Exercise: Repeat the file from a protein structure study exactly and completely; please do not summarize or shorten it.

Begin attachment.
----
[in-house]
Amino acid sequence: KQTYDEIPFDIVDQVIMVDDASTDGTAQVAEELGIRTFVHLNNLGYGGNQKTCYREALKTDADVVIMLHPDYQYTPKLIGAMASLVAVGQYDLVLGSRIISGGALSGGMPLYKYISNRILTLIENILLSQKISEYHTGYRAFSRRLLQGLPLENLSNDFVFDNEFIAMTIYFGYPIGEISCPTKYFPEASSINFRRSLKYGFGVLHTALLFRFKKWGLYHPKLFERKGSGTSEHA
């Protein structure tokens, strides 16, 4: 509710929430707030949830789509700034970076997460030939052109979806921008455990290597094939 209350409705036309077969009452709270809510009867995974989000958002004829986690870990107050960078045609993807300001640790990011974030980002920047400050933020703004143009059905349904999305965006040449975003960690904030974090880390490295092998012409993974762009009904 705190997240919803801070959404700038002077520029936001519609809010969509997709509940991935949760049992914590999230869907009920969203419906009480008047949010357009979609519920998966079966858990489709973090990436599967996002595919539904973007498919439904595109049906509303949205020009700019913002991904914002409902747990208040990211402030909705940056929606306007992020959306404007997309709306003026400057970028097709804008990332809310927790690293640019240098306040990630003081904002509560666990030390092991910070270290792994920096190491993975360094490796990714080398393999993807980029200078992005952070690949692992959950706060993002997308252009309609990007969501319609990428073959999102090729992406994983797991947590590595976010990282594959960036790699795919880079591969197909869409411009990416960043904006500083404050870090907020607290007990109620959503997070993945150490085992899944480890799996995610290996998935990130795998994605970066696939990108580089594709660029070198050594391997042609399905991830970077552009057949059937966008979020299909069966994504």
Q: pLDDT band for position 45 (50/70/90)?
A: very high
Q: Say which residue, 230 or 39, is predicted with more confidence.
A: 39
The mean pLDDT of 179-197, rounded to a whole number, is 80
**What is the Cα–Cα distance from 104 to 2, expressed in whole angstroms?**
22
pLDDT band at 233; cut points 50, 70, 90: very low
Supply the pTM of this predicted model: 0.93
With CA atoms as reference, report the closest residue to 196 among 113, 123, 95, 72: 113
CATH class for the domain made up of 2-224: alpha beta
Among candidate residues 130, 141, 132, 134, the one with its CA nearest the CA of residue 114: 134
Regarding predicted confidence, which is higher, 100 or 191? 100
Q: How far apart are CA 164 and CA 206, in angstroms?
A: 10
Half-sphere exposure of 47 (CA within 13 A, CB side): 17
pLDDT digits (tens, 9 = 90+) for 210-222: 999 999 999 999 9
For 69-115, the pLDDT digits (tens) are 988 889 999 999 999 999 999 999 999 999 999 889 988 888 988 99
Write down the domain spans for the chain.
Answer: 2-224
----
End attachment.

[in-house]
Amino acid sequence: KQTYDEIPFDIVDQVIMVDDASTDGTAQVAEELGIRTFVHLNNLGYGGNQKTCYREALKTDADVVIMLHPDYQYTPKLIGAMASLVAVGQYDLVLGSRIISGGALSGGMPLYKYISNRILTLIENILLSQKISEYHTGYRAFSRRLLQGLPLENLSNDFVFDNEFIAMTIYFGYPIGEISCPTKYFPEASSINFRRSLKYGFGVLHTALLFRFKKWGLYHPKLFERKGSGTSEHA
């Protein structure tokens, strides 16, 4: 509710929430707030949830789509700034970076997460030939052109979806921008455990290597094939 209350409705036309077969009452709270809510009867995974989000958002004829986690870990107050960078045609993807300001640790990011974030980002920047400050933020703004143009059905349904999305965006040449975003960690904030974090880390490295092998012409993974762009009904 705190997240919803801070959404700038002077520029936001519609809010969509997709509940991935949760049992914590999230869907009920969203419906009480008047949010357009979609519920998966079966858990489709973090990436599967996002595919539904973007498919439904595109049906509303949205020009700019913002991904914002409902747990208040990211402030909705940056929606306007992020959306404007997309709306003026400057970028097709804008990332809310927790690293640019240098306040990630003081904002509560666990030390092991910070270290792994920096190491993975360094490796990714080398393999993807980029200078992005952070690949692992959950706060993002997308252009309609990007969501319609990428073959999102090729992406994983797991947590590595976010990282594959960036790699795919880079591969197909869409411009990416960043904006500083404050870090907020607290007990109620959503997070993945150490085992899944480890799996995610290996998935990130795998994605970066696939990108580089594709660029070198050594391997042609399905991830970077552009057949059937966008979020299909069966994504």
Q: pLDDT band for position 45 (50/70/90)?
A: very high
Q: Say which residue, 230 or 39, is predicted with more confidence.
A: 39
The mean pLDDT of 179-197, rounded to a whole number, is 80
**What is the Cα–Cα distance from 104 to 2, expressed in whole angstroms?**
22
pLDDT band at 233; cut points 50, 70, 90: very low
Supply the pTM of this predicted model: 0.93
With CA atoms as reference, report the closest residue to 196 among 113, 123, 95, 72: 113
CATH class for the domain made up of 2-224: alpha beta
Among candidate residues 130, 141, 132, 134, the one with its CA nearest the CA of residue 114: 134
Regarding predicted confidence, which is higher, 100 or 191? 100
Q: How far apart are CA 164 and CA 206, in angstroms?
A: 10
Half-sphere exposure of 47 (CA within 13 A, CB side): 17
pLDDT digits (tens, 9 = 90+) for 210-222: 999 999 999 999 9
For 69-115, the pLDDT digits (tens) are 988 889 999 999 999 999 999 999 999 999 999 889 988 888 988 99
Write down the domain spans for the chain.
Answer: 2-224